We have also noticed that the lone male vervet monkey, who was here towards the end of last season, has returned to camp and has been alerting us to the presence of predators moving through our camp with his loud warning calls.
A pack of wild dogs was spotted by our mokoro polers and again the next day by Isaac, our head guide. Unfortunately we had no guests in camp – as it is a rare treat for us to see here in the plains. The team of five polers makes camp at an area called Twin Palms, aptly named for the two palms that stand out as very visible landmarks. The mokoro team remains here for the first couple of months after camp opening to help ferry guests and luggage into camp, since the channel to cross into Shumba Camp is full of water during this time and vehicles cannot pass through it.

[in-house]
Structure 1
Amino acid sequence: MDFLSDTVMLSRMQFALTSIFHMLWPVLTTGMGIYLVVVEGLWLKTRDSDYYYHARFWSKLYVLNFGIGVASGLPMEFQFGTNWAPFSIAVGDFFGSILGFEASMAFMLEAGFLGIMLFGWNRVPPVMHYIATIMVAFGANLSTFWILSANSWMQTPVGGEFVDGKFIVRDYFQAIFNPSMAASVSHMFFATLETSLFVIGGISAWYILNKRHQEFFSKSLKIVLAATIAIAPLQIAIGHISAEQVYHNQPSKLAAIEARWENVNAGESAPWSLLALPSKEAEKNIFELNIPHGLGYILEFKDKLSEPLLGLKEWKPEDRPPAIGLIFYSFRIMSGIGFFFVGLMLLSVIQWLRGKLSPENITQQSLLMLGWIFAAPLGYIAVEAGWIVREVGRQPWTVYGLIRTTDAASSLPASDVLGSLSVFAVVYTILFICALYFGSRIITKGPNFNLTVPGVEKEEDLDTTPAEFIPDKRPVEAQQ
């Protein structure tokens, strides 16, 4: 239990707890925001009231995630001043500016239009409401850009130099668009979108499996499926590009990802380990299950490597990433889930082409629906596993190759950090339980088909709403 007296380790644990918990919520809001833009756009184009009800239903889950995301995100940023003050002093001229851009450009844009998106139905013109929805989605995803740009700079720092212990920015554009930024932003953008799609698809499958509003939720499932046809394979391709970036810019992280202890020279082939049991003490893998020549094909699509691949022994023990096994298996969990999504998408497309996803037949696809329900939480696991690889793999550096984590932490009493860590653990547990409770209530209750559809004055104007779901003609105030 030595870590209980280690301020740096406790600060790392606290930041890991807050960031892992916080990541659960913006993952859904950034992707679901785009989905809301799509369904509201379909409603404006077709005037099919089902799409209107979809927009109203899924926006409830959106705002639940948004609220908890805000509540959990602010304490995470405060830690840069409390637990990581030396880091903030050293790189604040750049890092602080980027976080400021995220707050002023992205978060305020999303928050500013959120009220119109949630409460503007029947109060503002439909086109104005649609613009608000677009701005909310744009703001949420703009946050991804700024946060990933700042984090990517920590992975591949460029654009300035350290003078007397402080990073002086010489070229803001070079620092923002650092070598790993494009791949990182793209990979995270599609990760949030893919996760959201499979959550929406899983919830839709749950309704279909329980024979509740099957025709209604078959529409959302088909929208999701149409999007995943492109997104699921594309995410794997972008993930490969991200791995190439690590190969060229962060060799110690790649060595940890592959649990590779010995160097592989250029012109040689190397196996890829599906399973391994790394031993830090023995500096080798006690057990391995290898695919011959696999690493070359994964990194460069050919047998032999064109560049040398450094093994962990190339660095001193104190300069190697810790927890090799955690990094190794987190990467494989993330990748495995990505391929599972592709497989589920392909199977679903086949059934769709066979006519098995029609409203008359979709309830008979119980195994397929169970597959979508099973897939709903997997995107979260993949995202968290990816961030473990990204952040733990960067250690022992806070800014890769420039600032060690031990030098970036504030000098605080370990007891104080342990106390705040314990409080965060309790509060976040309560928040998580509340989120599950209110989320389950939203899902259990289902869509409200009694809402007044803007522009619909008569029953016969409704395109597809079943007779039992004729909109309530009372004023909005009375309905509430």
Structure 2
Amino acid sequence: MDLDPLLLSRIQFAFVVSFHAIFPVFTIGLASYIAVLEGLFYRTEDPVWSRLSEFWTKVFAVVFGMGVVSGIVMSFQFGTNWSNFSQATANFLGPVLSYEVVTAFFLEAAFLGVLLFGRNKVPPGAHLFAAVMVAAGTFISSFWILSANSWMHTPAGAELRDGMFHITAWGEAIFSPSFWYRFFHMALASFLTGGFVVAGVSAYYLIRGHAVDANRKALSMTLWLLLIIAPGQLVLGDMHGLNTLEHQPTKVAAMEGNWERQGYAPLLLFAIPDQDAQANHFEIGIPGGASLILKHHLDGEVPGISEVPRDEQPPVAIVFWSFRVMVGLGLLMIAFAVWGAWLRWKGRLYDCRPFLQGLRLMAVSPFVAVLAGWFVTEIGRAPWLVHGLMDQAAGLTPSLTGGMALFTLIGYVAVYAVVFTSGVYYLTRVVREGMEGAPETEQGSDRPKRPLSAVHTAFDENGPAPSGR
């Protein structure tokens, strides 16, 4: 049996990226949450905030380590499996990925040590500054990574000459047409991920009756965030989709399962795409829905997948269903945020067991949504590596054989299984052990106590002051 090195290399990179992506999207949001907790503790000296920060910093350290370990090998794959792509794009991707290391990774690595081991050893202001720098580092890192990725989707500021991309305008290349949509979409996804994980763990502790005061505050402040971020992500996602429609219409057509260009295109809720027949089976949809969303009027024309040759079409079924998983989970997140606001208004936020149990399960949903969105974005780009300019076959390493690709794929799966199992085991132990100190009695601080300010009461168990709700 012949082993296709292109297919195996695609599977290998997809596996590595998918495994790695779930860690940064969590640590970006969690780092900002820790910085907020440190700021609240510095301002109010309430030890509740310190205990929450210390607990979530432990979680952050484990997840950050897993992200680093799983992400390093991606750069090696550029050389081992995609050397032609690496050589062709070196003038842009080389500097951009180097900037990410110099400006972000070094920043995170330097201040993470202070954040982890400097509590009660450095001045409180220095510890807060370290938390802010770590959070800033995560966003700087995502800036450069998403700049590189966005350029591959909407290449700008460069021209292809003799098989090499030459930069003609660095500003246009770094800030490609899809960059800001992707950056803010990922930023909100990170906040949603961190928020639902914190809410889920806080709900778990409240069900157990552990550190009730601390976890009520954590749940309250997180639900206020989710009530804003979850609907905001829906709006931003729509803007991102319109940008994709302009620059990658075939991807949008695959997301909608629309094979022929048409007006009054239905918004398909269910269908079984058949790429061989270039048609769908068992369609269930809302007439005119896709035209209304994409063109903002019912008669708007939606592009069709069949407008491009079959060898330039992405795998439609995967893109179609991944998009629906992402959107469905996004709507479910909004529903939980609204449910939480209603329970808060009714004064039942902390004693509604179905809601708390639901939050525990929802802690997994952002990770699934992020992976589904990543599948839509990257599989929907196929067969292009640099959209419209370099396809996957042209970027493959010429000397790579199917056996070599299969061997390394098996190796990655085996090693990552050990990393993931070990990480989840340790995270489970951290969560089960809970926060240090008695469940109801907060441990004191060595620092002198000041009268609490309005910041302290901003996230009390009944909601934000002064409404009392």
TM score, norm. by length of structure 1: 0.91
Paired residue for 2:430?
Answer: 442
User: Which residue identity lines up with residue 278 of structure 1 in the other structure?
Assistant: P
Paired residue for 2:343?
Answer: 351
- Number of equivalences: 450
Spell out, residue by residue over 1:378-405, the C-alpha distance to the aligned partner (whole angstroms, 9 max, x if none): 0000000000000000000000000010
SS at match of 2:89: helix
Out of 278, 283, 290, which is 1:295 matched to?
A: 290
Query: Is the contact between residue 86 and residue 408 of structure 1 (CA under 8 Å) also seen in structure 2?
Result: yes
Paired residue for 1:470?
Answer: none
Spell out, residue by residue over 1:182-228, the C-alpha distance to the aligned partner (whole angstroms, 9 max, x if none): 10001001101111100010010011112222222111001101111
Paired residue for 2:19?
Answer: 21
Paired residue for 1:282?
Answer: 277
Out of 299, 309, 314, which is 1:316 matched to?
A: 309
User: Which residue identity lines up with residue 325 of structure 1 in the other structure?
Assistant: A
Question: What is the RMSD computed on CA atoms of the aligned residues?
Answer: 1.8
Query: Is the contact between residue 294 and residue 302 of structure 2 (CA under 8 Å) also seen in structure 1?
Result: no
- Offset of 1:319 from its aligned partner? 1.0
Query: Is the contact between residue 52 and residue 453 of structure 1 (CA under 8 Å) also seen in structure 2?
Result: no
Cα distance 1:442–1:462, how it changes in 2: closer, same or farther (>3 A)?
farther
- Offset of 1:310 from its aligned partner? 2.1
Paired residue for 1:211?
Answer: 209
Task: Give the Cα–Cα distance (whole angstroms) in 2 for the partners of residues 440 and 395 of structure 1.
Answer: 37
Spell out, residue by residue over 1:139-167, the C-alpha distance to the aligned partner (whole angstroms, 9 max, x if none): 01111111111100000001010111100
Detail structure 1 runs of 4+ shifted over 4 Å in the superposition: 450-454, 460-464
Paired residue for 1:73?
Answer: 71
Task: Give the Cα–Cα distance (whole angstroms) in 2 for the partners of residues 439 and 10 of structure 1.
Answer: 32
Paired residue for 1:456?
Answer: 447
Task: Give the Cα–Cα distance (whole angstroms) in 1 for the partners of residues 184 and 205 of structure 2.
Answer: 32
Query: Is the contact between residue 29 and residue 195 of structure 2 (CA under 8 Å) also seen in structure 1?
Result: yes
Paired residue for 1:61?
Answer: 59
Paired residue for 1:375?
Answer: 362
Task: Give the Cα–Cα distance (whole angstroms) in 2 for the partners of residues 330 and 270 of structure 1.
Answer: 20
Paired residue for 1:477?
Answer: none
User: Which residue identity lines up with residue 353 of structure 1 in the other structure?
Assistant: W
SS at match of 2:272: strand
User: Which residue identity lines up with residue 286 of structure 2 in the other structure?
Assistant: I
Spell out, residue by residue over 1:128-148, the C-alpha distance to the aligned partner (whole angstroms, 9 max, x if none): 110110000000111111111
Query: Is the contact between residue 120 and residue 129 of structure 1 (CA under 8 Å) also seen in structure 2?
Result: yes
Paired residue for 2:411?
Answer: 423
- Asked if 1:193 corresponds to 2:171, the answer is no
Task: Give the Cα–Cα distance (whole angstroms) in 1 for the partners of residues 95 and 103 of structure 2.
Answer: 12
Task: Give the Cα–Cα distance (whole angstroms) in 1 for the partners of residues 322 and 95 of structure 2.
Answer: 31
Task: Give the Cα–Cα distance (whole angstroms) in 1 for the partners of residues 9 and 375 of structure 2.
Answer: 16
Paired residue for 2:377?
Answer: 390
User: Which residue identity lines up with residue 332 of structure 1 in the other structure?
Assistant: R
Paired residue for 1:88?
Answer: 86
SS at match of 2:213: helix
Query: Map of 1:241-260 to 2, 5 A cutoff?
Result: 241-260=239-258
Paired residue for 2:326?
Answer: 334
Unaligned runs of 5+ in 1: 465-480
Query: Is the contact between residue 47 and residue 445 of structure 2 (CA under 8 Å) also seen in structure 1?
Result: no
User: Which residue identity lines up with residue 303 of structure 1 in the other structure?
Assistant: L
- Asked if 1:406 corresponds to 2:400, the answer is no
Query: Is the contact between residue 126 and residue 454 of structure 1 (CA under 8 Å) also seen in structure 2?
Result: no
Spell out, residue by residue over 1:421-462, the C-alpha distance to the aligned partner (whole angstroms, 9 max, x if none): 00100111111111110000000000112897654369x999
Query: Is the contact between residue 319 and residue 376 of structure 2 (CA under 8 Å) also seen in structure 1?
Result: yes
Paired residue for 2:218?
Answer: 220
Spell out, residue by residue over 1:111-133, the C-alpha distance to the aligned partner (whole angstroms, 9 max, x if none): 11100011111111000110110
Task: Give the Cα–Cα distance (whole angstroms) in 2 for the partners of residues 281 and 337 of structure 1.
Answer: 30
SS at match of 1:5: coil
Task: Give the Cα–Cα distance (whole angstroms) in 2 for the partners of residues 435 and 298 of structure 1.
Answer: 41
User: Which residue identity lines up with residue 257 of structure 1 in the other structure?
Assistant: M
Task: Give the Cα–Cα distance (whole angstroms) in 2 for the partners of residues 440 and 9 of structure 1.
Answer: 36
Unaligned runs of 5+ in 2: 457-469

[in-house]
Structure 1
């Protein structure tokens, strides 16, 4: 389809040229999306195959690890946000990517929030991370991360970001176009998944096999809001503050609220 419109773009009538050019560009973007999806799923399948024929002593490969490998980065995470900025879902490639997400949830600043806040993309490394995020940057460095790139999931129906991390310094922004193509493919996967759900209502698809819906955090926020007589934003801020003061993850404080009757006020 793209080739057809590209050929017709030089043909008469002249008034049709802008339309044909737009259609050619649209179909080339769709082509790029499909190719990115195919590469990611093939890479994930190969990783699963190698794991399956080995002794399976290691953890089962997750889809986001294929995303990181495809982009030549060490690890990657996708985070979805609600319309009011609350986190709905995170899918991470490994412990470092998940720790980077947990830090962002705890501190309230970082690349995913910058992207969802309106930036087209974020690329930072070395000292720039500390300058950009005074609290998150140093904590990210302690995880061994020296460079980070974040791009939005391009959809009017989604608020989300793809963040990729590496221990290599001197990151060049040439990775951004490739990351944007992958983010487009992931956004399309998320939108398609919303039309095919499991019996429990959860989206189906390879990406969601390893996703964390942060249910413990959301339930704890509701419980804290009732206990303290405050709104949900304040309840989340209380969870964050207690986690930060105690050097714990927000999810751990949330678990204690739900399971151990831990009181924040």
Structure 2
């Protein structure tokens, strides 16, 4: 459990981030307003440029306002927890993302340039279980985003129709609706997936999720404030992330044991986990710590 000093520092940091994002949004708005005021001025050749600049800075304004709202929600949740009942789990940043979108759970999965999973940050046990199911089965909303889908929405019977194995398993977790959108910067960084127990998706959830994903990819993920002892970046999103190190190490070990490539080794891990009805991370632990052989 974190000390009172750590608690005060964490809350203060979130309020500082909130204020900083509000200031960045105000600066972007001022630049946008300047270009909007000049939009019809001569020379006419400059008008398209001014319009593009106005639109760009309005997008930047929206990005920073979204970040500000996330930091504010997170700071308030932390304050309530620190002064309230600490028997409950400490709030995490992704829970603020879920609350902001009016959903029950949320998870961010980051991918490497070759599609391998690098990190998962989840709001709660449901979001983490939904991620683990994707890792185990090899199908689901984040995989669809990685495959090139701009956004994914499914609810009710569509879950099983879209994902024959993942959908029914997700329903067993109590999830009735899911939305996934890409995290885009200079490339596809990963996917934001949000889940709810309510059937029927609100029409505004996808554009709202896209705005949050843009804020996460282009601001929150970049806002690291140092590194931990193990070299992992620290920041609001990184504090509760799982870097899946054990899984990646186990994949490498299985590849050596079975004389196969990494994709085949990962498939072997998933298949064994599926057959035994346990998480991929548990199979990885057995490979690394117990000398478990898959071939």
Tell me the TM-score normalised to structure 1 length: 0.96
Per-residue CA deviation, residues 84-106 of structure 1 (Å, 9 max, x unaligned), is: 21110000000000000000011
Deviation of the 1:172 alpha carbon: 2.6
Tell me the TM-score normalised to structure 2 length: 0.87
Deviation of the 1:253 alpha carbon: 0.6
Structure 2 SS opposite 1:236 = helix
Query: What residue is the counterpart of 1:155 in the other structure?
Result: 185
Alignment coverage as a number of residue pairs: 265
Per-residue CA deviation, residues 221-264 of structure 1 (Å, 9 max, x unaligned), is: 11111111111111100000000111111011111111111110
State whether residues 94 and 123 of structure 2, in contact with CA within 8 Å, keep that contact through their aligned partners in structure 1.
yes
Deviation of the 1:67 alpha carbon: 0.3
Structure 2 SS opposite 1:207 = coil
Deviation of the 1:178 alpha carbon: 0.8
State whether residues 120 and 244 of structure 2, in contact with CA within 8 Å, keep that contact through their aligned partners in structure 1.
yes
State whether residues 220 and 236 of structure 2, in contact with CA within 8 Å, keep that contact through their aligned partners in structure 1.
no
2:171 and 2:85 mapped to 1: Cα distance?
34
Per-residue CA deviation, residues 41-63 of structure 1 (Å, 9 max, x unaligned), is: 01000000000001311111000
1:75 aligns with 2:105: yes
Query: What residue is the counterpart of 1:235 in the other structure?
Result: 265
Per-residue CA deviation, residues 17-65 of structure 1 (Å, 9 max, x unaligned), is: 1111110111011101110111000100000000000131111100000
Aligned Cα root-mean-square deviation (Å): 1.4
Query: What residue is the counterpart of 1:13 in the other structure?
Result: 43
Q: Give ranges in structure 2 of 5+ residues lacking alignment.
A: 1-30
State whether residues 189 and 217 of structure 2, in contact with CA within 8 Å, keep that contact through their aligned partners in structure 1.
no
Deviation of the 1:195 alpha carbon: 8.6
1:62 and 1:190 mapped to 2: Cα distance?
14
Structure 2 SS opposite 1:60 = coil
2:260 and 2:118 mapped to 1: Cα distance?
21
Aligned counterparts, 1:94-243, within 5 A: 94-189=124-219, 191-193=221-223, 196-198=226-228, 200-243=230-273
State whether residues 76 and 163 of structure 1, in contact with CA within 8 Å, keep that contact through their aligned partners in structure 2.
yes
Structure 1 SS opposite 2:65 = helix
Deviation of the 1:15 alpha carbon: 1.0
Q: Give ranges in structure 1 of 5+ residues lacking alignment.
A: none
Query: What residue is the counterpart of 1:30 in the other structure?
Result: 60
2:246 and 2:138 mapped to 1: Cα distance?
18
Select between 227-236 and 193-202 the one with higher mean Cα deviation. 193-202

Birds and Birding
Bird sightings were exciting this month with lots of water birds around. It’s beautiful seeing the black herons displaying their unique umbrella-fishing technique. As the water has receded it has attracted a lot of marabou storks, hamerkops, saddle-billed storks and fish-eagles. Interestingly, we saw moments of fish-eagles raiding the storks’ fish catches – one of the more unique sightings here in the Plains. Fish-eagles’ legs are short and they cannot wade into the water as the storks can, and to add to their fishing woes, here in the Plains the trees are not close to the water. So they have adapted to using the skills of the storks, which can fish whilst walking in the water, and attacking them on land to steal their prey. This is a clever tactic and ensures that the fish-eagles have plenty to eat.
Another interesting sighting was that of a saddle-billed stork with a fish in its mouth, being chased in flight by a marabou stork. A fish-eagle with its keen eyesight noticed them and immediately gave chase – ending up the victor with the spoils! This was witnessed by our guide, Isaac, and his guests, but unfortunately they couldn’t get close enough to get photos in time.